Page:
Location-based marketing has huge potential—if shoppers aren’t too creeped out by it

Will shoppers appreciate personalized offers on their phones, or resent the intrusion?

Young woman using a smartphone in a clothing store

(Tang Ming Tung/Moment/Getty)

Major League Baseball wants its fans to spend more time looking at their mobile screens while they’re at the ballpark. The league is betting that it can create a better visitor experience by automatically checking in people at the gates via their smartphones, for example, and sending them fun facts about plaques, statues and other points of interest around stadiums when they walk by them.

As little as six months ago, this level of targeted, rapid-response messaging wouldn’t have been possible. But advances in location-aware transmitters (called beacons), which send low-power Bluetooth signals to mobile devices as these devices pass close by, are changing that. Apple recently launched iBeacon, software that enables its phones and tablets to interact with such signals, and some Android gadgets have similar functionality.

About 70% of Canadian brands and ad agencies are already dabbling in marketing on mobile devices (or plan to soon), and this new technology provides an added incentive. Beacons are an improvement on GPS because they can pinpoint an individual’s location to within a few inches, even when the person is indoors. It’s the difference between determining if someone is in your neighbourhood or in a particular aisle, standing next to a specific product in your store.

Nick Koudas, chief executive of Toronto-based Aislelabs, which helps retailers understand customer traffic patterns, explains that at a basic level, these tools allow retailers to court customers as soon as they walk through the door. When a shopper enters an Apple store today, for example, the company’s store app automatically pops up on their phone (provided the shopper has downloaded it), presenting a help screen, a gift guide and a tool that can process payments via smartphone. “For the first time, businesses can connect the online behaviour of their customers with their offline behaviour,” says Koudas.

Location-based transmitters can also serve as navigational tools, helping big-box stores direct consumers to various departments and alert them to promotions as they pass by product shelves. The Rubens House, a museum in Antwerp, is already applying the technology to provide personalized guided tours: visitors’ phones or tablets recognize that they’re standing next to a particular artifact and call up information about it.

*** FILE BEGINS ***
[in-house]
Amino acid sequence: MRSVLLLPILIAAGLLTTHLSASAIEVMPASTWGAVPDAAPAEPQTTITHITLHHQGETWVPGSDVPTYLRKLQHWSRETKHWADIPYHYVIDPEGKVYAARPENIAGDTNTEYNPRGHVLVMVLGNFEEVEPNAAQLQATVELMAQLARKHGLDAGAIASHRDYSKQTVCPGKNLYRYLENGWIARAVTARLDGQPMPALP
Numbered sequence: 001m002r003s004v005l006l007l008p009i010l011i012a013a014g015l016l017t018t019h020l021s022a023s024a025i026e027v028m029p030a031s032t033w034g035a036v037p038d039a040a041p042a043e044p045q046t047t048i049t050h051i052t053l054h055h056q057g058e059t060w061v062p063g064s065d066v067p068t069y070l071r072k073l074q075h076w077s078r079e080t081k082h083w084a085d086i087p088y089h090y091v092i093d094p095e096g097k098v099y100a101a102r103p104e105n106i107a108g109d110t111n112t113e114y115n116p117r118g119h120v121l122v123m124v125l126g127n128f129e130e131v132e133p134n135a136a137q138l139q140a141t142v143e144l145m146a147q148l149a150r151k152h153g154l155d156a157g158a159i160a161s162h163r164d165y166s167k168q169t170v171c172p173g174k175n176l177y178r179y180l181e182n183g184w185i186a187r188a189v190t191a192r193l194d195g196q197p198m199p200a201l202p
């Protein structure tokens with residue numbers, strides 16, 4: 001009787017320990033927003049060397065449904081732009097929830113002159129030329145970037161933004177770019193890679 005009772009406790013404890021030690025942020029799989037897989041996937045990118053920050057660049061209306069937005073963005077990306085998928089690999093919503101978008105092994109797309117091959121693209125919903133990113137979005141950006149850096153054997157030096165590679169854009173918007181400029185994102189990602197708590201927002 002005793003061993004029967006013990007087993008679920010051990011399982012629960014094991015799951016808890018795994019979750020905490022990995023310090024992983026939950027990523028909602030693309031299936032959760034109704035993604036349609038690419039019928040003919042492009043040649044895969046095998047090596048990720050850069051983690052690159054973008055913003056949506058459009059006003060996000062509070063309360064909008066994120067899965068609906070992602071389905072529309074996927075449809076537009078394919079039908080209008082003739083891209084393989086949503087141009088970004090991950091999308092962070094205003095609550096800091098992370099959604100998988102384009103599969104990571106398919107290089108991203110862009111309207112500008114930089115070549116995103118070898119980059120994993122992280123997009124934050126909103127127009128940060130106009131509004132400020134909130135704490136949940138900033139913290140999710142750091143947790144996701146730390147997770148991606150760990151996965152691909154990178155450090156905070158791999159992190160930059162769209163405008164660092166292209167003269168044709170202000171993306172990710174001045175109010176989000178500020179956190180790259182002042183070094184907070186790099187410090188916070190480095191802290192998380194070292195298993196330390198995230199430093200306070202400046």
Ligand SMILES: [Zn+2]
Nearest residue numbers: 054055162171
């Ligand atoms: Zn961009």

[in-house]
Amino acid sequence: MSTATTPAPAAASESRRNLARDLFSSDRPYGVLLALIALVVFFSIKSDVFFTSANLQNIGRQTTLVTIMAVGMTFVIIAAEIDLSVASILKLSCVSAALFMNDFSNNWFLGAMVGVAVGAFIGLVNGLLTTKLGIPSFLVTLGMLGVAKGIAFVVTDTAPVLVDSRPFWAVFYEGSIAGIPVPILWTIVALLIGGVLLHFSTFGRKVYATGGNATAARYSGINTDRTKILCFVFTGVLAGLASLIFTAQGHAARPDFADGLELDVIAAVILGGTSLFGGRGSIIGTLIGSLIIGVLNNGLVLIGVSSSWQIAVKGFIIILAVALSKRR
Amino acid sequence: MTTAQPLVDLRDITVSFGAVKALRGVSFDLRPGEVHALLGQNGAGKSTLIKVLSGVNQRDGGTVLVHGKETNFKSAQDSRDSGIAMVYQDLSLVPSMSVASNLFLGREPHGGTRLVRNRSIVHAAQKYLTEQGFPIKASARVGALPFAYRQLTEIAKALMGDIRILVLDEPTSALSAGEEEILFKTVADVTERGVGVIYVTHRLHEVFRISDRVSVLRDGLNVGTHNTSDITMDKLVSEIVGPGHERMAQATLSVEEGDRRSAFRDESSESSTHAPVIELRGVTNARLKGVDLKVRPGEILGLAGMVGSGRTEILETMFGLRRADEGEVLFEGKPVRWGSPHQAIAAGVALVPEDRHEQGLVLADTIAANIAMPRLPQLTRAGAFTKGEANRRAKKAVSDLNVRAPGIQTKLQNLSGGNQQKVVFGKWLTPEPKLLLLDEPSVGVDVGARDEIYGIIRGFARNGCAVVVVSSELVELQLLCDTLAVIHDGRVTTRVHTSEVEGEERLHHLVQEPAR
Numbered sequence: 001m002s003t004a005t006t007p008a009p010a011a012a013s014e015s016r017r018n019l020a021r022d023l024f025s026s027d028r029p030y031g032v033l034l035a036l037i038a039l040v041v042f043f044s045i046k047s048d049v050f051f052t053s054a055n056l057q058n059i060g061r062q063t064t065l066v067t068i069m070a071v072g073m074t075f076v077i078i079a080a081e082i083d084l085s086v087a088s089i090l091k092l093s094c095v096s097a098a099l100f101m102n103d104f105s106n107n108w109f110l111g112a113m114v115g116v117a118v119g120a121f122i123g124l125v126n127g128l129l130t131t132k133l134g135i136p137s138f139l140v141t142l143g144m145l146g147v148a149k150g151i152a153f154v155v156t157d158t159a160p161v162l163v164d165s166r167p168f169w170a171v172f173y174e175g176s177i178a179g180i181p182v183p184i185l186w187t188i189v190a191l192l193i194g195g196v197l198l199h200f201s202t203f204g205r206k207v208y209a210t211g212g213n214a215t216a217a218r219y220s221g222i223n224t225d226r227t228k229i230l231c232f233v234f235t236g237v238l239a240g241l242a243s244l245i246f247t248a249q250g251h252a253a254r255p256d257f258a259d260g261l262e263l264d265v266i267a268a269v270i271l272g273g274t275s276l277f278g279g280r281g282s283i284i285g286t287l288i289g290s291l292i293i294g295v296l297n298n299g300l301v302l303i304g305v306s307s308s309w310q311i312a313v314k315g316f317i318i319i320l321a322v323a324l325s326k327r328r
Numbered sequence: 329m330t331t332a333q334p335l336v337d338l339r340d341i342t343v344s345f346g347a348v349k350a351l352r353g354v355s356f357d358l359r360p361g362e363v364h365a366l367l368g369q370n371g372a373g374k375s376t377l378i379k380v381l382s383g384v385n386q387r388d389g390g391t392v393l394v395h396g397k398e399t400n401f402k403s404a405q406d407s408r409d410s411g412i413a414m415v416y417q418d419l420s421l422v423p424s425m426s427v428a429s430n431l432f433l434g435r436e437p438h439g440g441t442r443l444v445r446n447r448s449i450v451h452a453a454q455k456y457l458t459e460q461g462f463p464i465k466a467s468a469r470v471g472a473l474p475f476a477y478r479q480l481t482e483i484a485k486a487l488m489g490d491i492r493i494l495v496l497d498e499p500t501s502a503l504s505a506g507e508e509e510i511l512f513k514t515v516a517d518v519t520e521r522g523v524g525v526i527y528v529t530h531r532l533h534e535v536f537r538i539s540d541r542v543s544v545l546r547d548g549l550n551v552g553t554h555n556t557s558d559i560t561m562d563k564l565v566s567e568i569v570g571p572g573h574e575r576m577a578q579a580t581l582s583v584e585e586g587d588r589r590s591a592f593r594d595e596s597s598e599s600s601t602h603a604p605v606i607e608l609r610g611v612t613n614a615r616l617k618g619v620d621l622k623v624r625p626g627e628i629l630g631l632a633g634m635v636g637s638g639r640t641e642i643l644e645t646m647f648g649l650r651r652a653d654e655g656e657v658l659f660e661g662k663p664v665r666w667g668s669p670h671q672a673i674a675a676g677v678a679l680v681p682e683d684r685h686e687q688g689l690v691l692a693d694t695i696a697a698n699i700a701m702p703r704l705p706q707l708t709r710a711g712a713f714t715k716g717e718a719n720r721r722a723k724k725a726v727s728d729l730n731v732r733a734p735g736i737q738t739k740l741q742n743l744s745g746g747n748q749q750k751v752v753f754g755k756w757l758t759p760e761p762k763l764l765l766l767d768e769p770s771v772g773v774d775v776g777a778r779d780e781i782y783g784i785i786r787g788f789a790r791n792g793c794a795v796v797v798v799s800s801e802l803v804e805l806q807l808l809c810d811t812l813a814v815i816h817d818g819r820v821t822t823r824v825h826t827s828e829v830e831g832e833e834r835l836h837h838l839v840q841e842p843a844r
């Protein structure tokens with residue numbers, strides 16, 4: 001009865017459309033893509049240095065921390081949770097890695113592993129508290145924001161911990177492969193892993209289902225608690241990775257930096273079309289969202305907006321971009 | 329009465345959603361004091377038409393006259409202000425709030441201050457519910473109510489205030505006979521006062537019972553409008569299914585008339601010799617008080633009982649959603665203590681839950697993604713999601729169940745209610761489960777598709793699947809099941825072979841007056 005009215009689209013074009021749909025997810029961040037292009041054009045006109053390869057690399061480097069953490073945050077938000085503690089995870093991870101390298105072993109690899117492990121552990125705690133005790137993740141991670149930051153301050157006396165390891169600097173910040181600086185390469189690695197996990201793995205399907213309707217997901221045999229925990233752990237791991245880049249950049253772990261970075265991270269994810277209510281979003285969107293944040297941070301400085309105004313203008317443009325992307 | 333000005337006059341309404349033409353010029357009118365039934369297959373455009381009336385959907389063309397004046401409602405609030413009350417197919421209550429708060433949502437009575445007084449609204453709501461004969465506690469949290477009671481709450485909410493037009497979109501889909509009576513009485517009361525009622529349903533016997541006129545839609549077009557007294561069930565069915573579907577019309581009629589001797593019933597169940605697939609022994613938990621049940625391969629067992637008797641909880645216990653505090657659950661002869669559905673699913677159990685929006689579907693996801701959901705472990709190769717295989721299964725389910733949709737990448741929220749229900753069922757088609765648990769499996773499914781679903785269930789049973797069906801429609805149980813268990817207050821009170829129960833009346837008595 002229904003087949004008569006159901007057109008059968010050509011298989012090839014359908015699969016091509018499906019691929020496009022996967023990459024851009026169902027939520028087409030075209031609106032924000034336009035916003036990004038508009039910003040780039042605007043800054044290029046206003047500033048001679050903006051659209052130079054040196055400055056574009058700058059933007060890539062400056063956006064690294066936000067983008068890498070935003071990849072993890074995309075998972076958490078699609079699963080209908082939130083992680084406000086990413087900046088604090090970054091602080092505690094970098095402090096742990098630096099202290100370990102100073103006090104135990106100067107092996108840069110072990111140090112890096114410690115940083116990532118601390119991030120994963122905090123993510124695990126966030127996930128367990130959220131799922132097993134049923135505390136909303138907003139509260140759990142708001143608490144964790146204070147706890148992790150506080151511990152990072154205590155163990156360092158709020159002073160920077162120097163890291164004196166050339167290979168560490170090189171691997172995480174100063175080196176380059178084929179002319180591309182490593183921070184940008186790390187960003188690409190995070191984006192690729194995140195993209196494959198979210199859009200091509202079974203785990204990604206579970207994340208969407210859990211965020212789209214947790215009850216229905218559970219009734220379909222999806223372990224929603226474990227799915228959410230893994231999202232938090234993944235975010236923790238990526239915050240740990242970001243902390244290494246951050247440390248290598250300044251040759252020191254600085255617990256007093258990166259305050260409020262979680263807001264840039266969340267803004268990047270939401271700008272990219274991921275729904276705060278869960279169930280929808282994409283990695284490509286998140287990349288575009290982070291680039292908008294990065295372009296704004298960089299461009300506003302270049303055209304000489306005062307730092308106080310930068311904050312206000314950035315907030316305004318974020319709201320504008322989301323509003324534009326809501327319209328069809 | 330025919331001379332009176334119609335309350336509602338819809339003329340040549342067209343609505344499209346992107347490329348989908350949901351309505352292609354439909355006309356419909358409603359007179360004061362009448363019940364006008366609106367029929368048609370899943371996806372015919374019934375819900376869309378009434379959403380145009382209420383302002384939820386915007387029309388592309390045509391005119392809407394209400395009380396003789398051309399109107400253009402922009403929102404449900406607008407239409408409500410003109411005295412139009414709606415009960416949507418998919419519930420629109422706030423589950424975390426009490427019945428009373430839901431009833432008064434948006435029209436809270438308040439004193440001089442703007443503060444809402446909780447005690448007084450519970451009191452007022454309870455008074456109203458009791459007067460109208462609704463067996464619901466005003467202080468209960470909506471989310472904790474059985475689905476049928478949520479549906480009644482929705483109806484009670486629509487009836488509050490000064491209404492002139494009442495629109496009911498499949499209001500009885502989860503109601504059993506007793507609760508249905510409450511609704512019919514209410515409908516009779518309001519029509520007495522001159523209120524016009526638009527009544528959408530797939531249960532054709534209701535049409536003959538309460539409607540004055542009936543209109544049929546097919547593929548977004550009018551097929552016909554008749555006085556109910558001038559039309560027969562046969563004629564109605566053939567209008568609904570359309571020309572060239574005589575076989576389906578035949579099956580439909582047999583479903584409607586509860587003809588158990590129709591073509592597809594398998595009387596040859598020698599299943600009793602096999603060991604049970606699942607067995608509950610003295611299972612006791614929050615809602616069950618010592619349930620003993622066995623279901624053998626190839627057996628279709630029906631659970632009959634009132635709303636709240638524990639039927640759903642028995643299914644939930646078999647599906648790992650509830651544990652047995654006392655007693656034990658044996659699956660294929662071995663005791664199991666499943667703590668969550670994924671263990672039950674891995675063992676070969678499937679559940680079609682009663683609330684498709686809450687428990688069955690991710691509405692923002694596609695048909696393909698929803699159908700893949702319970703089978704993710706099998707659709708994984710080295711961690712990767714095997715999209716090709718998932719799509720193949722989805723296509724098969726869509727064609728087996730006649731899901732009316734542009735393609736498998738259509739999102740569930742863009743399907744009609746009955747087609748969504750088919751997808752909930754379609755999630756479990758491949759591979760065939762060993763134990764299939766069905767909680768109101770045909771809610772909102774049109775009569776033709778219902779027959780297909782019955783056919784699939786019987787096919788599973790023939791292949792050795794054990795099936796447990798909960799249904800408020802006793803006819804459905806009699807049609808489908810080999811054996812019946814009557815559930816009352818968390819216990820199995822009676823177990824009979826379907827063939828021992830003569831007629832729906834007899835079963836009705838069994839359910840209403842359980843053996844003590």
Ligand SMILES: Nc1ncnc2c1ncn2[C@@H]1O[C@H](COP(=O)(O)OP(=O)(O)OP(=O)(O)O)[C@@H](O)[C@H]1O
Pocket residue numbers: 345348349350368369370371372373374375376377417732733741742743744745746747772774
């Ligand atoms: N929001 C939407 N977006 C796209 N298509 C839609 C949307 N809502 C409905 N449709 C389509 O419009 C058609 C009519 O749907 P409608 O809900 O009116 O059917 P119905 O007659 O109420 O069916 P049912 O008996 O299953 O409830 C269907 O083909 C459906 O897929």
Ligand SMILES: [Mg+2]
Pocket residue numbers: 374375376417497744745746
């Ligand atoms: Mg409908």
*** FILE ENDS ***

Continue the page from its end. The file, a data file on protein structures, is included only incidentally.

Businesses need to be careful with their location-based marketing plans to avoid the perception that this is merely a new—and exceptionally intrusive—form of spam. Noah Bass, co-founder of Aisle 18, a Toronto-based developer of retail apps, envisions, for example, supermarkets encouraging consumers to use location-aware apps to create grocery lists. Then, as shoppers walk around the store, beacons would send reminders to their phones to pick up items on their lists as they approached the relevant aisles. “People don’t just want to save time and money; they want to find products that they need or want,” says Bass.

The real promise of location-based marketing lies in tailoring marketing messages to individual consumers and presenting the messages at the very moment people are making product choices. It’s a huge opportunity, given that people check their phones up to 100 times a day and a growing percentage use their devices to make buying decisions. According to a recent report by Tapped Mobile and Brandspark International, almost a quarter of Canadian men shopping for personal electronics changed their choices after consulting their phones in stores. What’s more, 17% of the consumers polled said they would welcome more applications that integrate location-based offers.

In time, beacon-enabled tools will likely become cost-effective alternatives to paper fliers. But for now, the cost may put the technology out of reach for small retailers. Businesses have to spend between $10,000 to $1 million to build the infrastructure needed to support location-based marketing, says Bass, from installing the transmitters to integrating them with the store’s sales and inventory systems.

Consumers also have to warm up to the technology—at least enough to download the stores’ apps. At Target Field, home of the Minnesota Twins, only about 400 fans per game currently use the beacon service, in a stadium that hosts on average 30,000. But the league—and other early adopters of location-based marketing—are hoping if they build it, users will come.